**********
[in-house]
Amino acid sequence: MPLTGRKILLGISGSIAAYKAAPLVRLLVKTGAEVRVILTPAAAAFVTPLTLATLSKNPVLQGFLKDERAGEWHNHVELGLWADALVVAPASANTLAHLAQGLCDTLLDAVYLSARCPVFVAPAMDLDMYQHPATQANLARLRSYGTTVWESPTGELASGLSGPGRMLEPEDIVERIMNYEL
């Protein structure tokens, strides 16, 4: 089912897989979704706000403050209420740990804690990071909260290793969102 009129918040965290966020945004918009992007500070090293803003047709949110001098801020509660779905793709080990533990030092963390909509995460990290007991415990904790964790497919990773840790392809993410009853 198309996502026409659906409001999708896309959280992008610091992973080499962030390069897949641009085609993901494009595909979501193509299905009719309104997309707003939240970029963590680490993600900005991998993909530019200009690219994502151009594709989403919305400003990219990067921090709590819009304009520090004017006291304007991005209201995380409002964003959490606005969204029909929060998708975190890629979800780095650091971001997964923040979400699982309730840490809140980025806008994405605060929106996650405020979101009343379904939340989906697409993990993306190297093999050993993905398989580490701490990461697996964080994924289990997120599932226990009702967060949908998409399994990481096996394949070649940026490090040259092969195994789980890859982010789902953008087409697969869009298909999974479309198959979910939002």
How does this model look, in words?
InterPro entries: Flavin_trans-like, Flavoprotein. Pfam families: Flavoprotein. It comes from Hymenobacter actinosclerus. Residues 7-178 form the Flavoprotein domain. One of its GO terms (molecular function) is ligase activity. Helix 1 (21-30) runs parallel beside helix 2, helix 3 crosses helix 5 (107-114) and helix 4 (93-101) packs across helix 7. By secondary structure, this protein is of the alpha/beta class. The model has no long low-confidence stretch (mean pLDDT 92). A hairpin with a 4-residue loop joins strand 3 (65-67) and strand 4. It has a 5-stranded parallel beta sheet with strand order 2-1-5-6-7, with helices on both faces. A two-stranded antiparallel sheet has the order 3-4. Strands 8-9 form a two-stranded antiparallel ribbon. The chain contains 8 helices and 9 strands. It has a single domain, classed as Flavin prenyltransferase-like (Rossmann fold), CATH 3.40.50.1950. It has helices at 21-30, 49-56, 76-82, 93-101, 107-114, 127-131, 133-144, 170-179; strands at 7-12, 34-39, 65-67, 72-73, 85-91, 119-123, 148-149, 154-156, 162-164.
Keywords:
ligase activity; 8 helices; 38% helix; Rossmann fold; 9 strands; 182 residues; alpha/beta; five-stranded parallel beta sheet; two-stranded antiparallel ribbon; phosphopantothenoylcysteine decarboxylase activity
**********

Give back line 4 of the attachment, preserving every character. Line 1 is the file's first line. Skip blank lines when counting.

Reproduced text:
How does this model look, in words?